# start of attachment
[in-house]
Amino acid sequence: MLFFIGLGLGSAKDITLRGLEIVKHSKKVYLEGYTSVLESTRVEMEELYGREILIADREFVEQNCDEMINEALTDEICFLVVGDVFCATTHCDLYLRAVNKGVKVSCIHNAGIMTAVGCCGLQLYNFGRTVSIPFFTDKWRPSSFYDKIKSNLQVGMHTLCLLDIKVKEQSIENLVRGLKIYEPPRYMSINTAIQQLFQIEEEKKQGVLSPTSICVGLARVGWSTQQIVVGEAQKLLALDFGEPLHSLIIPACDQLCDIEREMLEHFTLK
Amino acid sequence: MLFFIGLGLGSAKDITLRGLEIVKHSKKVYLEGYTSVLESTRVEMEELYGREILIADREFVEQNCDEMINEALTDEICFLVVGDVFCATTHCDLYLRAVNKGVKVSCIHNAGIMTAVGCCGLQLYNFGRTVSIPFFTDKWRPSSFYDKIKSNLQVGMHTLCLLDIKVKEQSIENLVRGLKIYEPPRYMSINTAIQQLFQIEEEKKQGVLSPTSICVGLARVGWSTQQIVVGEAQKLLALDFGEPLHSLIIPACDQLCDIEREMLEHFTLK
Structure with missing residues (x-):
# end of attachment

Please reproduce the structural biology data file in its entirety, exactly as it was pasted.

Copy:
[in-house]
Amino acid sequence: MLFFIGLGLGSAKDITLRGLEIVKHSKKVYLEGYTSVLESTRVEMEELYGREILIADREFVEQNCDEMINEALTDEICFLVVGDVFCATTHCDLYLRAVNKGVKVSCIHNAGIMTAVGCCGLQLYNFGRTVSIPFFTDKWRPSSFYDKIKSNLQVGMHTLCLLDIKVKEQSIENLVRGLKIYEPPRYMSINTAIQQLFQIEEEKKQGVLSPTSICVGLARVGWSTQQIVVGEAQKLLALDFGEPLHSLIIPACDQLCDIEREMLEHFTLK
Amino acid sequence: MLFFIGLGLGSAKDITLRGLEIVKHSKKVYLEGYTSVLESTRVEMEELYGREILIADREFVEQNCDEMINEALTDEICFLVVGDVFCATTHCDLYLRAVNKGVKVSCIHNAGIMTAVGCCGLQLYNFGRTVSIPFFTDKWRPSSFYDKIKSNLQVGMHTLCLLDIKVKEQSIENLVRGLKIYEPPRYMSINTAIQQLFQIEEEKKQGVLSPTSICVGLARVGWSTQQIVVGEAQKLLALDFGEPLHSLIIPACDQLCDIEREMLEHFTLK
Structure with missing residues (x-):